Who officiates JW weddings?

by greenie 14 Replies latest watchtower beliefs

  • blondie

    for as long as we both shall live together on earth according to God’s marital arrangement
    Sounds like marriage on earth may not last forever.
  • Chalam

    1 Timothy 4



  • scotinsw

    I hate those wedding vows. Respect is a two-way thing not one way as those vows make out.

  • greenie

    Thanks all. Great reading the vows too. I was wondering what, if anything, was said about the rings during the ceremony. My reason being that on another thread regarding a recent Watchtower it looks like the WTS criticizes mainstream Christians for trying to make a pagan holiday (Christmas) Christian. It seems like a parallel could be drawn between that and them blessing/condoning wedding rings, since they're pagan in origin, too. Just an obscure thought.

  • blondie


    *** w07 2/15 p. 30 Questions From Readers ***Is that still valid? The 1995 InternationalHandbookonAlcoholandCulture says: "[Toasting] is probably a secular vestige of ancient sacrificial libations in which a sacred liquid was offered to the gods: blood or wine in exchange for a wish, a prayer summarized in the words ‘long life!’ or ‘to your health!’"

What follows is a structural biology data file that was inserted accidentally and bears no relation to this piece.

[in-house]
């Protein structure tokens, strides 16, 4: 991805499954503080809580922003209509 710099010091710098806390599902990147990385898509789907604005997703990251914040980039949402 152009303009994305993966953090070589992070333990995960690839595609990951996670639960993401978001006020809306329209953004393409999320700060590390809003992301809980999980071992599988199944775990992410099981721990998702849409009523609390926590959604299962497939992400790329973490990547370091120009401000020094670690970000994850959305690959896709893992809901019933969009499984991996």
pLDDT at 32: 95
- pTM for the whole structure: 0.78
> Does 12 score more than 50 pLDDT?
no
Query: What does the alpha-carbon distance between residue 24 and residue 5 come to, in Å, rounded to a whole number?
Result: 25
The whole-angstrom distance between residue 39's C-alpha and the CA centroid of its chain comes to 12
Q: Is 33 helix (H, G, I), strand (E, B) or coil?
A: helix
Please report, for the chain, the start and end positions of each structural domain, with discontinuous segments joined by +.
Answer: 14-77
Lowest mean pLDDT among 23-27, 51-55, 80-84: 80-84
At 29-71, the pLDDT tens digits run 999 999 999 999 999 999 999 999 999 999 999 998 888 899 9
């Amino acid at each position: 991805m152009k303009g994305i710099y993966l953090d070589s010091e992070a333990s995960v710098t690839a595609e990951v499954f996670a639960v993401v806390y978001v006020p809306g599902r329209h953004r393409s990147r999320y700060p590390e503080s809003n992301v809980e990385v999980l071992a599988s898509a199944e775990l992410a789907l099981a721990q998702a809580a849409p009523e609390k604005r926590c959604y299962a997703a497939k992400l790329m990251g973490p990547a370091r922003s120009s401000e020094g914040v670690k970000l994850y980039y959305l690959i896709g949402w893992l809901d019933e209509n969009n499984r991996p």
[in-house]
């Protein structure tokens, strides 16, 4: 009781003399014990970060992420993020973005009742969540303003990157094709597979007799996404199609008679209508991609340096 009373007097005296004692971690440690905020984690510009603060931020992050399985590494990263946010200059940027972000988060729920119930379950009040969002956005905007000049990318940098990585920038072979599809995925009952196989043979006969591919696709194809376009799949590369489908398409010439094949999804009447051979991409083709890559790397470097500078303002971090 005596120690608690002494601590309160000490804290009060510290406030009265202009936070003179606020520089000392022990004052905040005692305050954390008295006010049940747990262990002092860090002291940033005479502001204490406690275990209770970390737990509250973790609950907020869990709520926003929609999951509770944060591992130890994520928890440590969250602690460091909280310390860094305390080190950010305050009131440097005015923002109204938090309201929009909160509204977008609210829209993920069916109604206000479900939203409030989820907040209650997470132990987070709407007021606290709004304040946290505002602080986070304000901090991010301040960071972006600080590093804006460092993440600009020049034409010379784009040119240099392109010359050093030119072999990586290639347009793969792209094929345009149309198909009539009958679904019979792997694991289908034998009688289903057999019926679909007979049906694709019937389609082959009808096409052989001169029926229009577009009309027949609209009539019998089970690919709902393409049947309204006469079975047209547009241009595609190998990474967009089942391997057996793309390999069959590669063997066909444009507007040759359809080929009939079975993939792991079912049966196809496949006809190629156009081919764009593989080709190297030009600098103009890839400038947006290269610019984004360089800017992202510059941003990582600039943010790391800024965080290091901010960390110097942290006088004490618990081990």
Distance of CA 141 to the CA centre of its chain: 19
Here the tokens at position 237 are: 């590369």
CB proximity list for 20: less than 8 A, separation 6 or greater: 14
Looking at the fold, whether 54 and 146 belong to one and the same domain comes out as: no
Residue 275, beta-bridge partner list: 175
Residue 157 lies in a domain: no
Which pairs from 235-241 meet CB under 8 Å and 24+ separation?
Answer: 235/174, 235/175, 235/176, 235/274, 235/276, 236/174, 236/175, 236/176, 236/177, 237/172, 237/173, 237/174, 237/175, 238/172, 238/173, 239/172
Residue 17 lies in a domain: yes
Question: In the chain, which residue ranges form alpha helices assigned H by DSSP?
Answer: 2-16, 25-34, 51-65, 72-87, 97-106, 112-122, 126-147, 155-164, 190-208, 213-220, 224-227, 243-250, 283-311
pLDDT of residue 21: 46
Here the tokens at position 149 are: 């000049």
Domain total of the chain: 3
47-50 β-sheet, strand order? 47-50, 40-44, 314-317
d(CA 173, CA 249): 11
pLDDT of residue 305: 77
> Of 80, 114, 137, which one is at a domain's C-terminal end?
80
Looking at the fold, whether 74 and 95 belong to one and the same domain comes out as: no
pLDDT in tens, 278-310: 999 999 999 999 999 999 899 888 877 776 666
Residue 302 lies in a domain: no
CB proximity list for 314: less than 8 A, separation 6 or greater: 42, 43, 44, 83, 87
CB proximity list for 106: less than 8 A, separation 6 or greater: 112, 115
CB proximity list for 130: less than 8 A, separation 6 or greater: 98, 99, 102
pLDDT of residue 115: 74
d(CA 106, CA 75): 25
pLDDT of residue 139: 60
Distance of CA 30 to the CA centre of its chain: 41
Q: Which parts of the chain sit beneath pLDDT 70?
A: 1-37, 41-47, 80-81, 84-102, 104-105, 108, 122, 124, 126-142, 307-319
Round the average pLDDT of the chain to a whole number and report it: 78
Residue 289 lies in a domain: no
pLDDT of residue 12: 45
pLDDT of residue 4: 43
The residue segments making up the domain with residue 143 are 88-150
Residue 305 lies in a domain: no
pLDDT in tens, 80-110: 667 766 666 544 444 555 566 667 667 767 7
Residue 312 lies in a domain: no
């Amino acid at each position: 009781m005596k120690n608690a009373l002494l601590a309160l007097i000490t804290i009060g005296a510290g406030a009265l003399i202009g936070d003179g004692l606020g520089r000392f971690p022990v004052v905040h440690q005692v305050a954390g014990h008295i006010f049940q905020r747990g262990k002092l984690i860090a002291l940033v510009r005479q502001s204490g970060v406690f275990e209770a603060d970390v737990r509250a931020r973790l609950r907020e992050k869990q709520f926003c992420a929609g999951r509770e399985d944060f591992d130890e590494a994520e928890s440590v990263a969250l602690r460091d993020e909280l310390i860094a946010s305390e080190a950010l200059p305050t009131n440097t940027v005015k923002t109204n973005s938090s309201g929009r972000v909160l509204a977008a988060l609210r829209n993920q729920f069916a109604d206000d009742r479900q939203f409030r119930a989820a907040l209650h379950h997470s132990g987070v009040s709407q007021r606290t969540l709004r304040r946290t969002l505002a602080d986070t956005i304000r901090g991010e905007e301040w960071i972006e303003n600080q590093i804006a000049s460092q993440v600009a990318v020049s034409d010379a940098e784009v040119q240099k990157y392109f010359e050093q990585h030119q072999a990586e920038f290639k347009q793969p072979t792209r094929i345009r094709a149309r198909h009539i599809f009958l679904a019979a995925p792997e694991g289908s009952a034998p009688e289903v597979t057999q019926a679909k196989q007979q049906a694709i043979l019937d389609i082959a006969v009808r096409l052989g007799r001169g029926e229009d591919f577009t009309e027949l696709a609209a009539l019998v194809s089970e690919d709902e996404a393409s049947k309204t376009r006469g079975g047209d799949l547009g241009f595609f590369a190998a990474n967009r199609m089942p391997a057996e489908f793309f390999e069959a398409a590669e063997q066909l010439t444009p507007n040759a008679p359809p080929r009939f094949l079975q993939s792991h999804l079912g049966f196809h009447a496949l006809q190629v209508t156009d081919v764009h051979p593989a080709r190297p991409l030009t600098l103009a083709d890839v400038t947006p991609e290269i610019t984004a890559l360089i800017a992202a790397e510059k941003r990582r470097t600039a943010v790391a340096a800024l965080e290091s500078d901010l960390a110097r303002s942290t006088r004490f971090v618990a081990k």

Granted, the fact that an object, a design, or a practice has roots or parallels in ancient false religion does not always rule such out for a true worshipper. Consider the pomegranate. A noted Bible encyclopedia reports: "The pomegranate seems also to have been used as a holy symbol in heathen religions." Nevertheless, God had pomegranates made of thread put on the hem of the high priest’s garment, and pomegranates decorated the copper pillars of Solomon’s temple. (Exodus 28:33; 2 Kings 25:17) Moreover, the wedding ring at one time had religious significance. Yet, most people today do not know that, considering a wedding ring a mere evidence that someone is married.

    *** w92 9/1 p. 30 Questions From Readers ***Some customs that were once religious in nature no longer are in many places. For example, the wedding ring once had religious significance, but in most places today, it no longer does. Hence, many true Christians accept the local custom of wearing a wedding ring to give evidence that a person is married. In such matters, what generally is influential is whether a practice is now linked to false religion.—See "Questions From Readers" in TheWatchtower of January 15, 1972, and October 15, 1991.

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